Can you believe it’s already August? I love summer but it calls everyone, especially people in the North like myself, to get outside and enjoy. During the summer you can find me poolside, parkside and cruising the many farmer’s markets my city boasts during the summer months; seeing Mother Nature’s bounty in full effect is nothing short of awe inspiring, albeit brief here in Edmonton.
When the berries come up, I get excited because berries are one of my favorites; but you want to know the summer gem that gets me more excited than my beloved berries? Patty Pan Squash. Without fail, the first time I spy patty pan squash at the market I, quite literally, jump for joy; their season is fleeting so I always buy in bulk!
Related to melons, cucumber and other squash, such as zucchini, patty pan squash is a light and cleansing food; they contain a high amount of water (hello hydration), are low in calories and can ease prostate conditions in men- patty pan squash also come complete with beta carotene. They can be found in yellow, light green and dark green varieties, all of which are delicious; but the yellow variety are particularly rich in antioxidant carotenes, such as lutein and zeaxanthin.
Getting the most nutritional bang from patty pan squash lies in eating the whole plant; from the skin to the seeds, patty pans, like other squash, are almost entirely edible. As a cooling and sedative food, they are useful in treating adrenal fatigue and frazzled nerves. Buyer beware though, they can’t be stored for too long, so eat them quickly while they are still fresh; if you’re anything like me, that shouldn’t be a problem!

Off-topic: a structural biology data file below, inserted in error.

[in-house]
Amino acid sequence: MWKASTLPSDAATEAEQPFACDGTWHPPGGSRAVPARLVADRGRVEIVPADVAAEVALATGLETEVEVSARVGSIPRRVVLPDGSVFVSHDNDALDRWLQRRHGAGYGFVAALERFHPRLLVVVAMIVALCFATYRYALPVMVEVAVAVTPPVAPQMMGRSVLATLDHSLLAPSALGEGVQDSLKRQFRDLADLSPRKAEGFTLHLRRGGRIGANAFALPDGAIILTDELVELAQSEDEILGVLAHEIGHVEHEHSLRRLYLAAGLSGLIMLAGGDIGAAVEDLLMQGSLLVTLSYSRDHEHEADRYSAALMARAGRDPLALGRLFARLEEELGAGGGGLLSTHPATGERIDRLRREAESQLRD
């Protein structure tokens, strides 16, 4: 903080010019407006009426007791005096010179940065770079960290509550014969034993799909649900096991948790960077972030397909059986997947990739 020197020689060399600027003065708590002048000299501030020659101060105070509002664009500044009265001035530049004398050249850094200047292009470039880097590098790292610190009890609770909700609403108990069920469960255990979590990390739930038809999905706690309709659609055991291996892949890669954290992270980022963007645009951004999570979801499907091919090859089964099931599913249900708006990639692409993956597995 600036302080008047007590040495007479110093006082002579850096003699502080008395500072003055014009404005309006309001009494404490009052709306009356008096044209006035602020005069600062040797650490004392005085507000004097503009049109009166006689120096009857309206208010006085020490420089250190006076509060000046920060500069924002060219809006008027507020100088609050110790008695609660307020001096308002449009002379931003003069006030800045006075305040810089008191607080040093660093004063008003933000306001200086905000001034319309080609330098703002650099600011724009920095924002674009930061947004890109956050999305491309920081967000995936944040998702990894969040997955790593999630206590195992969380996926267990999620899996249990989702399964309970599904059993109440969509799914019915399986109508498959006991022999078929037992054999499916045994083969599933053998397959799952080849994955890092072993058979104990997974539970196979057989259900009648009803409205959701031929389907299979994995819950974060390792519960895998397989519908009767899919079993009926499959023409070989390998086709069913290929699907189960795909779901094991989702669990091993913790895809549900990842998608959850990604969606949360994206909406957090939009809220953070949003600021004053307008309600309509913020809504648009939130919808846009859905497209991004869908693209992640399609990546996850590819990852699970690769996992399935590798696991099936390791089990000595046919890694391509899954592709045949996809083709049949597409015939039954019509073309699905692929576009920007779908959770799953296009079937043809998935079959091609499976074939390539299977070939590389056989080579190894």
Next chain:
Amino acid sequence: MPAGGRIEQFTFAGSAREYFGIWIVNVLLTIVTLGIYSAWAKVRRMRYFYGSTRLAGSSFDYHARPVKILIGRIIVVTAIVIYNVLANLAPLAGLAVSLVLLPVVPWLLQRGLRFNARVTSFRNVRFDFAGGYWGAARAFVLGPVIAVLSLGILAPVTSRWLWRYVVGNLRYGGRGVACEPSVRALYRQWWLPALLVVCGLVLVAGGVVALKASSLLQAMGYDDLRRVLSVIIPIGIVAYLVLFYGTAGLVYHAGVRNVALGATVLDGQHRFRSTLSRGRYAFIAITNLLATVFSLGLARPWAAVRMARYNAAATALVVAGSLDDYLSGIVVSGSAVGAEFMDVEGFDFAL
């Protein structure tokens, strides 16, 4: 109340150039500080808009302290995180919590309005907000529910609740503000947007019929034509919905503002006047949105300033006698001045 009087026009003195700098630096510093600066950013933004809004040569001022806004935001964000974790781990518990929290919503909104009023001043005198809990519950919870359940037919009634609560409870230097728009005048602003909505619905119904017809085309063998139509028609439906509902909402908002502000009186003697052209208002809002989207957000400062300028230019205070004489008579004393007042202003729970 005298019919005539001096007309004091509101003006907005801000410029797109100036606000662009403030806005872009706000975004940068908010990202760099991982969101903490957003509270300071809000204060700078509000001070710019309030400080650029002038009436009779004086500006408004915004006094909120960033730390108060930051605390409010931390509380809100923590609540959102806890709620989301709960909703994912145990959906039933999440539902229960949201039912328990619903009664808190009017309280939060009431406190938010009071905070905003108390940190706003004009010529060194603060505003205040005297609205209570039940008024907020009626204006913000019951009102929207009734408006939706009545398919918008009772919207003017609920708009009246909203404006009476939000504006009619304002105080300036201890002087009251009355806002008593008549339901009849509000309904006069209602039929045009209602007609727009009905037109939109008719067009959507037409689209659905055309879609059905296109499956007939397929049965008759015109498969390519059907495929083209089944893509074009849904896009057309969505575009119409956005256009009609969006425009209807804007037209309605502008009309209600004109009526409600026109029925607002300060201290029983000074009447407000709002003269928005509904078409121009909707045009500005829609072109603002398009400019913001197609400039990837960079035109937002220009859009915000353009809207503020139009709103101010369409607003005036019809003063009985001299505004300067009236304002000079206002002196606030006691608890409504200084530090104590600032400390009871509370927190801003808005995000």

Also because I’m a juice lover and a cleansing maven I feel I must mention that patty pan squash are a wonderful addition to juice; their water is highly mineralized and bioavailable (easy to digest). Add them to juice for a quick and satisfying mineral boost!
Patty pan squash, because of their cup-esque shape lend themselves so nicely to stuffing. If you’re paleo you can stuff them with grass fed ground meat with vegetables and cheese; vegans can join the fun by stuffing with an assortment of vegetables, nuts and seeds. That’s the beauty of patty pan squash, their aroma is light, meaning they play nicely with so many flavor combinations.
This recipe is simple, hollow out your patty pan squash and saute the innards with kale, onions and spices; stuff the hollow patty pan squash with the goodness, bake and serve. And the darling little chapeau just adds to the fun!
Mother Nature, thank you for Patty Pan Squash; sincerely, Bianca.
Patty Pan Squash Parcels
3 patty pan squash
1 tbsp coconut oil or ghee
1 medium red onion
1 clove garlic
1 cup shelled green peas
2 cups chopped kale
1 tbsp feta cheese (optional)
sea salt & pepper
Cut the top of the patty pan squash in half and scoop out the inside flesh. Rub the inside and outside of each squash with a little olive oil, coconut oil or ghee (to prevent drying out in the oven). If you cannot get the squash to sit evenly, slice off a little of the bottom to create a flat surface (be careful when you cut, so as not to create a hole in the bottom.)
Heat the coconut oil or ghee in a large skillet. Add the onion and a few pinches of salt, cook until translucent, about 5 minutes. Add minced garlic and cook for another couple minutes. Next add the peas then the kale a minute later, folding occasionally until the kale is slightly wilted. Season to your liking with sea salt and freshly ground black pepper.
Preheat the oven to 350°F. Fill each patty pan squash with the vegetable mixture and place the individual lid on top of each squash. Arrange the squash in a baking dish with a little water in the bottom. Bake for 15-20 minutes until the squash is soft and cooked through.